James Hogg's Confessions of a Justified Sinner is deservedly a cult novel. Written at the beginning of the nineteenth century, and set at the beginning of the previous century, it deals with the history of a character (Robert Wringhim) who is convinced by a doppelgänger (Gil-Martin) that he is a member of the elect, chosen by God for heaven and therefore unable to sin whatever he does. And what he does is murder.
However the fascination of the book is in what we don't know. Who is Gil-Martin? The devil? An evil twin? Or maybe a part of Wringhim's own mind - and an early exposition of the duality inherent in Scottish fiction from Stevenson to Gray. The novel operates on different levels.
|George Anton in Confessions... (photo Tommy Ga-Ken Wan)|
Constructed from a hugely impressive collection of artefacts - books, notebooks, posters, flyers, filmclips, and even the cassette from an answering machine - the drama unfolds leading to the inevitable death of the key participant - Paul Bright - who ends up inhabiting the part of the doomed Wringhim. The history of a young unsung radical Scottish theatre director is finally being told.
The level of detail that has been created in staging this 'history' is astounding. We enter through an exhibition of the artefacts. But we are gradually aware that something isn't quite right. The artefacts are manufactured, the films are of actors playing actors, Paul Bright never, in fact, existed. And we ask what we are really watching? Just as the book itself leaves us with the key layers and divisions unexplained, so the drama builds even more layers on top of that. Is Bright a reincarnation of Wringhim? What is the relationship between Anton and Bright? Is it all, in Anton's phrase 'lying and getting away with it'?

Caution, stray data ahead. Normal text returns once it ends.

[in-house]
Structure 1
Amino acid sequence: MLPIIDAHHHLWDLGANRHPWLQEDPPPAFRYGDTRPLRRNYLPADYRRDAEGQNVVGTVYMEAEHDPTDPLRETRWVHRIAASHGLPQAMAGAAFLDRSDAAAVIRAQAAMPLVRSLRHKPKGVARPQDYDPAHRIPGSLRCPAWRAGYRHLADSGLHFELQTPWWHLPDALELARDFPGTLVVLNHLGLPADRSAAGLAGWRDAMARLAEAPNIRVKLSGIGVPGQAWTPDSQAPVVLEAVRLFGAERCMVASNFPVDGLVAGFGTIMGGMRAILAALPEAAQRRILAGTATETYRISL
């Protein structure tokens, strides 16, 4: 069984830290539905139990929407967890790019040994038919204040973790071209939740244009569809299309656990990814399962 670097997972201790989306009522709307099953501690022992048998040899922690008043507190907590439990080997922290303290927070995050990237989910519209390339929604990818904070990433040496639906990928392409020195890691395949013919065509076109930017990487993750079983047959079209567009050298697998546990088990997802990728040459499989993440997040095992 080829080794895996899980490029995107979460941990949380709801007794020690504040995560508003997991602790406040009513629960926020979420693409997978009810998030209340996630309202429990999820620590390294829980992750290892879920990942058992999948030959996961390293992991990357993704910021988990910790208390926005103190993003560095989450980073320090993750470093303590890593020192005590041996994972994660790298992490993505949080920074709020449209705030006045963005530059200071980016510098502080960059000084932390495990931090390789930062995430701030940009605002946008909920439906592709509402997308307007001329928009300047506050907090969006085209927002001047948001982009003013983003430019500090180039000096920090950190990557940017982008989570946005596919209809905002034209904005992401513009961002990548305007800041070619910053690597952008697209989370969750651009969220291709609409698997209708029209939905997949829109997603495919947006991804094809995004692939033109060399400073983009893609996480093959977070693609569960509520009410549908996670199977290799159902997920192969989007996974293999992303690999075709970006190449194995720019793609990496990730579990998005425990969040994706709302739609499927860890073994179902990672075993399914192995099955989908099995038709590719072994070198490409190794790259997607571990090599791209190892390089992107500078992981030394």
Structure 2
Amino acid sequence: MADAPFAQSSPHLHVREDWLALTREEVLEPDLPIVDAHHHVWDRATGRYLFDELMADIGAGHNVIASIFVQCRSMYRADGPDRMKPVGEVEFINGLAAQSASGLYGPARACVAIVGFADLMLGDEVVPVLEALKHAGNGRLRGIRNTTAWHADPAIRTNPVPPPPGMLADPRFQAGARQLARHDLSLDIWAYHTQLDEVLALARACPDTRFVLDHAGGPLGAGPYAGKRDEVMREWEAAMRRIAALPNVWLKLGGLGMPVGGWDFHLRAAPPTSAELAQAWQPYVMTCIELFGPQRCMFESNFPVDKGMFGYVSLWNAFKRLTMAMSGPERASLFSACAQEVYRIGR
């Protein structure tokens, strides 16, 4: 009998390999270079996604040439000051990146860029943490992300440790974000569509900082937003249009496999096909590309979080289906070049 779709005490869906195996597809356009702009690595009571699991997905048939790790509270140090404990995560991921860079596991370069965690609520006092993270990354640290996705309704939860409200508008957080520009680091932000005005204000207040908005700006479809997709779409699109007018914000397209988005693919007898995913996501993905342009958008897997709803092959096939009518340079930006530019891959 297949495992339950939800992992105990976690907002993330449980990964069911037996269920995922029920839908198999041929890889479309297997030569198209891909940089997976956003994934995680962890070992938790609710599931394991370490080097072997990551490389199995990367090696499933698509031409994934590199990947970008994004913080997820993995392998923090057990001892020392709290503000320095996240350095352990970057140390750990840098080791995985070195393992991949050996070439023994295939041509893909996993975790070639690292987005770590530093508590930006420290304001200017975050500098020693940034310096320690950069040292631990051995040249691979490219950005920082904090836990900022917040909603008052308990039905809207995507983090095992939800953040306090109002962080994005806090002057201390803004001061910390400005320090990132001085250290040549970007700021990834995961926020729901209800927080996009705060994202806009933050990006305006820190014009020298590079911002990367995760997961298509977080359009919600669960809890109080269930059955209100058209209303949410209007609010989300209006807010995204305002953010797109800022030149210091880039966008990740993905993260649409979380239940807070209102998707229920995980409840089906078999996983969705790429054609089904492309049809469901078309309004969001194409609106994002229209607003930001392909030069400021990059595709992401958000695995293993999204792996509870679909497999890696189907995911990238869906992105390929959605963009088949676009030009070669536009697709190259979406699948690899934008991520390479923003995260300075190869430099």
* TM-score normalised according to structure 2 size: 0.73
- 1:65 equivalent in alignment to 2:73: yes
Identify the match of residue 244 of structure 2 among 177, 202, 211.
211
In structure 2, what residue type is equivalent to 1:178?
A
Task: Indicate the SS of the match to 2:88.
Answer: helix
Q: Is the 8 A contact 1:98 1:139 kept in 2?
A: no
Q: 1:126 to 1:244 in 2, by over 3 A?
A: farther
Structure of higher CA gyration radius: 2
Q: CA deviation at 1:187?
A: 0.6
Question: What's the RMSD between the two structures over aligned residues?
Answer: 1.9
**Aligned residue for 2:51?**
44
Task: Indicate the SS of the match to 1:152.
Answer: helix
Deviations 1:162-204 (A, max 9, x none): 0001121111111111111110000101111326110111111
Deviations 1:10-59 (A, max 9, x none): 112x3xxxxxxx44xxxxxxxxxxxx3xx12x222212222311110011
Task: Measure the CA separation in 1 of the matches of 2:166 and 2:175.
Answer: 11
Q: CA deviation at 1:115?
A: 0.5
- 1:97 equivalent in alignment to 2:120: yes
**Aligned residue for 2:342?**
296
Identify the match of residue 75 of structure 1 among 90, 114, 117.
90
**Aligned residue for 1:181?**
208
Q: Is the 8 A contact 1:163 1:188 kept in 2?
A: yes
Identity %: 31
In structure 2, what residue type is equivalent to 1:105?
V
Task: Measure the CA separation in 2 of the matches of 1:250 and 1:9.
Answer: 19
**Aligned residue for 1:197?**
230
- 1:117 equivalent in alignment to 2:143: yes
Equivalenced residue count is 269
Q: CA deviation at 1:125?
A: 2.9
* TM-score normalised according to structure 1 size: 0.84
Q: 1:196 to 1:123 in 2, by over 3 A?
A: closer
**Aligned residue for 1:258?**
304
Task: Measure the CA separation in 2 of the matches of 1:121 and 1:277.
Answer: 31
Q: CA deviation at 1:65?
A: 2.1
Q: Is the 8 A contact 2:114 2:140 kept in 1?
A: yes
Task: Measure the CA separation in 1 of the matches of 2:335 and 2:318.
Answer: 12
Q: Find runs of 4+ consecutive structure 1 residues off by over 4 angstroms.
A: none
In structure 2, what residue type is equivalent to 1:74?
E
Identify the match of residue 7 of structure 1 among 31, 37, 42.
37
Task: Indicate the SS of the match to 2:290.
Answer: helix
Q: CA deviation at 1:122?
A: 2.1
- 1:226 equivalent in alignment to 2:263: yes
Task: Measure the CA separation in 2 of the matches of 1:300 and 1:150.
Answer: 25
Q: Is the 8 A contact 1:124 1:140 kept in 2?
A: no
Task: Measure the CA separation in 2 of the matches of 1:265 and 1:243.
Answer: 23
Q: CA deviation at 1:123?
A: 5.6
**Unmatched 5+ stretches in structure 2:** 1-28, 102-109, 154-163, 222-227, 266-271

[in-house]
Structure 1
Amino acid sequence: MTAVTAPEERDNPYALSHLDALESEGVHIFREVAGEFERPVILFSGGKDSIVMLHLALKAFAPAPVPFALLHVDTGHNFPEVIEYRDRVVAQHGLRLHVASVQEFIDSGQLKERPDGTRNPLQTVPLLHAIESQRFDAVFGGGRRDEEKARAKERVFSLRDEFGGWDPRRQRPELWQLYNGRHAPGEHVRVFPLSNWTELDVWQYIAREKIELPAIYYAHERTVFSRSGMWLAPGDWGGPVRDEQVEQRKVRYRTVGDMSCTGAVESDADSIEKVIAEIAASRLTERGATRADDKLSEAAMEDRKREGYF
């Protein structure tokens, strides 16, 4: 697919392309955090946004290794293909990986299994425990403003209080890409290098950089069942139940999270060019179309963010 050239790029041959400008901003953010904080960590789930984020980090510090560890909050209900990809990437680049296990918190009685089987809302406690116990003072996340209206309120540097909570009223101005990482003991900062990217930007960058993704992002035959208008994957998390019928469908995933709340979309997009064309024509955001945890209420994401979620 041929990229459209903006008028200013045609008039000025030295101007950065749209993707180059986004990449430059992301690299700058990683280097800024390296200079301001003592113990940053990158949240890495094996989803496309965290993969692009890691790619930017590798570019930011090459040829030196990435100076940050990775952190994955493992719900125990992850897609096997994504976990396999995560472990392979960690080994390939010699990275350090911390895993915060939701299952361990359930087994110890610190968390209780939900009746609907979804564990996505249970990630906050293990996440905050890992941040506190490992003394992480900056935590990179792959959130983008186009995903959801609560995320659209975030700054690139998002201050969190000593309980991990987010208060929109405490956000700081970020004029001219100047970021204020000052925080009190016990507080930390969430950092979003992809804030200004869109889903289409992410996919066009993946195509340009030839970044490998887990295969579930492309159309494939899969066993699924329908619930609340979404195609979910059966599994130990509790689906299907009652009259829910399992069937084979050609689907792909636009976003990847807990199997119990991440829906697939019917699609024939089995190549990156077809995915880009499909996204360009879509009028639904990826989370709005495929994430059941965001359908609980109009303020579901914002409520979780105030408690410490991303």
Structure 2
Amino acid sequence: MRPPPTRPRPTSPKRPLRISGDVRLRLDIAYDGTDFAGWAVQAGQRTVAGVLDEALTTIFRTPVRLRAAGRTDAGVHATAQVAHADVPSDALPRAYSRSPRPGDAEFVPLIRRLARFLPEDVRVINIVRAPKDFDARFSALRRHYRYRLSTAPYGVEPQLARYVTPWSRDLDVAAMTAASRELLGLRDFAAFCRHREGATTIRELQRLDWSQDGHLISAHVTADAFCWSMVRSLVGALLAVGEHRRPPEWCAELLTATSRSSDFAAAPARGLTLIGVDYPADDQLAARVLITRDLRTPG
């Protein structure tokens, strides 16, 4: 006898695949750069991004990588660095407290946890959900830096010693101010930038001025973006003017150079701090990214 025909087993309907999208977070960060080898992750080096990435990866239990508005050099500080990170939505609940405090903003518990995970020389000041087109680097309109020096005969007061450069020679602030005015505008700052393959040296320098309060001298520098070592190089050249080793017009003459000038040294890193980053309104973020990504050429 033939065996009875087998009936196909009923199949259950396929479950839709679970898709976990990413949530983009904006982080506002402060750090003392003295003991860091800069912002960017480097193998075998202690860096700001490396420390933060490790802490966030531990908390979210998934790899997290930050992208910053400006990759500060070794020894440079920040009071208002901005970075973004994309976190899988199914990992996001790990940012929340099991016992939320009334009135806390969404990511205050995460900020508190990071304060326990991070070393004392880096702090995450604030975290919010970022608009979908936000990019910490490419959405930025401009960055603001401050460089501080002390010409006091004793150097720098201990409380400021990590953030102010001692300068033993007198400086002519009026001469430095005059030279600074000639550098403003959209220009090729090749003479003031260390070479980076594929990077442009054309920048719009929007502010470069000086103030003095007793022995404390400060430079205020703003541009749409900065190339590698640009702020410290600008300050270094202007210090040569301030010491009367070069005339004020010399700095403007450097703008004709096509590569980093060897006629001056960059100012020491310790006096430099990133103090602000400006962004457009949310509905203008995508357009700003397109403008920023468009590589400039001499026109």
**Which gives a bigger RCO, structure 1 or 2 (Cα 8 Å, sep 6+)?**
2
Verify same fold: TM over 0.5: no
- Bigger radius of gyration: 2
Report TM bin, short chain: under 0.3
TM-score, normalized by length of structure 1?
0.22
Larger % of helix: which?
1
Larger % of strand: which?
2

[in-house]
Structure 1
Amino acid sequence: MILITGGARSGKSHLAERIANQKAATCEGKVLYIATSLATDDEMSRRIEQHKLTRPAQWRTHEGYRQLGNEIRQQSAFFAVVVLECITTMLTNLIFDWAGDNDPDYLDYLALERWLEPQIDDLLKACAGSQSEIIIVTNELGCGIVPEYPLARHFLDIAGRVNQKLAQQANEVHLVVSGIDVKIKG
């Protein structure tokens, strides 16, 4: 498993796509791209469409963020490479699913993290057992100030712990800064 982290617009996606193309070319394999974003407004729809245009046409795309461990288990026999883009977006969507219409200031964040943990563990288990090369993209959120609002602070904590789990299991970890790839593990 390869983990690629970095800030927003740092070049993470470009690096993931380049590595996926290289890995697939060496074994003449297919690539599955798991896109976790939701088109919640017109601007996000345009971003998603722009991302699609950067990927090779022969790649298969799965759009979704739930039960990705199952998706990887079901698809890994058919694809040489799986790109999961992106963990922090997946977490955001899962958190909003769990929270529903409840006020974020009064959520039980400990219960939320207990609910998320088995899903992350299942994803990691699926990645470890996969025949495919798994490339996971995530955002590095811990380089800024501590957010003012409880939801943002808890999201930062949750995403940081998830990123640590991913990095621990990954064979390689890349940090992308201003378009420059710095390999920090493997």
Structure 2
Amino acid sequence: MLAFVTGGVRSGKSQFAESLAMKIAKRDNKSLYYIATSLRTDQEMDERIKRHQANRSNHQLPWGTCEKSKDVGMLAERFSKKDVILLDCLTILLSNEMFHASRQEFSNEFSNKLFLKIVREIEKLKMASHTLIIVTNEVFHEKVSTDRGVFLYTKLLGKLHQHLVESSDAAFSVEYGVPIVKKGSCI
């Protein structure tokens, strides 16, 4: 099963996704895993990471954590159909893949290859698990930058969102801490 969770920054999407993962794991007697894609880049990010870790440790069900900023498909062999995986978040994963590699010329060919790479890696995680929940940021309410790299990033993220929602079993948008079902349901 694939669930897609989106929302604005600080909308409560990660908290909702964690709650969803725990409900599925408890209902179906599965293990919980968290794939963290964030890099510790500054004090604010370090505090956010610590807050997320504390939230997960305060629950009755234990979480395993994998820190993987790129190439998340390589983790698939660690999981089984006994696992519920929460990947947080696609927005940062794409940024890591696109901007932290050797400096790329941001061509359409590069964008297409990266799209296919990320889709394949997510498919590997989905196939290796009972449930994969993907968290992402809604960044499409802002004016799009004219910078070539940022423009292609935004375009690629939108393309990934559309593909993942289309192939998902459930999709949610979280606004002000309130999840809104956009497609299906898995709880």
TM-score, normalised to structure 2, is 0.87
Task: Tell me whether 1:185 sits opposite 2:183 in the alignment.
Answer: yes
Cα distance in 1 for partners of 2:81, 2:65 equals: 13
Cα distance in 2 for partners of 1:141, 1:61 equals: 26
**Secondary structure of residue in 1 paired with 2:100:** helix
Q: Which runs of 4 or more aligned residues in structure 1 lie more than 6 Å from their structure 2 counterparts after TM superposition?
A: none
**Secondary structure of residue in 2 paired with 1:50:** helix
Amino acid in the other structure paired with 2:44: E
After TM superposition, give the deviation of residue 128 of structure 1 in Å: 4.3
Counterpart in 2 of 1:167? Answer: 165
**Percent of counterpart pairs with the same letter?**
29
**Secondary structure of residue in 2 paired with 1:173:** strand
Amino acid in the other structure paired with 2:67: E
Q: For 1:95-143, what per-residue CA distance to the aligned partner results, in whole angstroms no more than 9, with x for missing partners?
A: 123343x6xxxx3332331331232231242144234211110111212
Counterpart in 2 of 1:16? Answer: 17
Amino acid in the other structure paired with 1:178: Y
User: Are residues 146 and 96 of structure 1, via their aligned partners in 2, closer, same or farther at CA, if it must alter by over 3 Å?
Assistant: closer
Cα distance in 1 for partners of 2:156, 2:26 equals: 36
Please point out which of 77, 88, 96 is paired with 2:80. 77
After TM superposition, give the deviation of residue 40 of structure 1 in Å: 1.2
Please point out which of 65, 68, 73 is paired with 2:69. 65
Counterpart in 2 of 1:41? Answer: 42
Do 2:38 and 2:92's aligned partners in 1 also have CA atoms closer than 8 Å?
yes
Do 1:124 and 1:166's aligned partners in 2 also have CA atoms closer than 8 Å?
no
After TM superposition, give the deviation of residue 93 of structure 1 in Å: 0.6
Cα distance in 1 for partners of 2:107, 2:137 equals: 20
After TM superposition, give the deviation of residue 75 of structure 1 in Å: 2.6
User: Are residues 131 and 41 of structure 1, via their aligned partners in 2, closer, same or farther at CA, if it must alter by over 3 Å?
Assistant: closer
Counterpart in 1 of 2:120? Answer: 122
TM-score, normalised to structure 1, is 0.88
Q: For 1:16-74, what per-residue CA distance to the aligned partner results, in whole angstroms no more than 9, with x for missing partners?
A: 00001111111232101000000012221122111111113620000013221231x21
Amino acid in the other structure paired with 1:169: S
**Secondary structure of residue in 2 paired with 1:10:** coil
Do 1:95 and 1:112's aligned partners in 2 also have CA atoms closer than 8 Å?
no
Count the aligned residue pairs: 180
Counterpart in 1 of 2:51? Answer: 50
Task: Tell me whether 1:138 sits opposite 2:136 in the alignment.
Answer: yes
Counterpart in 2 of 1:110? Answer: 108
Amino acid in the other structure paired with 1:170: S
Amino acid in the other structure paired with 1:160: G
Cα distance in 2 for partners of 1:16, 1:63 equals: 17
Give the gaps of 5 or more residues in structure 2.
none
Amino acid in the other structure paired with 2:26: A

This is an important treatment of an vital novel - especially important at a time when the image Scotland has of itself is at a crossroads, and has the same fracture referred to by Hogg. It is also exceptionally well staged and created. It is a slight disappointment then, that the layers that are piled onto an already complex story, are a little self-referential. It is about more than drama and the arts.
How would you like your dystopia?
Dark Matter, Venue 13, 17.15, Until 29 August. 3/5
The trouble with dystopias that reflect where we are with any level of accuracy, is that it is
|As civilization burns...|
A congressman and a banker meet again as violence overwhelms Western civilization. The financial meltdown has arrived, Congress is burning and the mob is stringing up those they consider responsible. These two have previous. Up to their pretty ears in involvement, and personal relationship, they’ve been brought back together by ‘the boss’, Nick (Old Nick?). There is drama, as the two fight about responsibility and personal guilt, but they are clearly locked together, at the end of the ‘world’.
All seems dark as they leave the stage – but then a shiny chat show (or televangelist?) reveals the two ‘reborn’ as new age global leaders and happy marrieds. That the new order is based on the exposure/execution of the ‘boss’ and the ‘cleansing’ of most of the population gives the dark, satirical twist – think Chris Morris meets Charlie Brooker. The trouble is, we are shown the problem and the danger but given no inkling of a solution.
The writing is sharp. The acting good. The comedy bitter – but not that funny. Best ironic moment is the valedictory music, as Barry McGuire (now a born-again Christian) sings his apocalyptic ‘Eve of Destruction’ as we file out!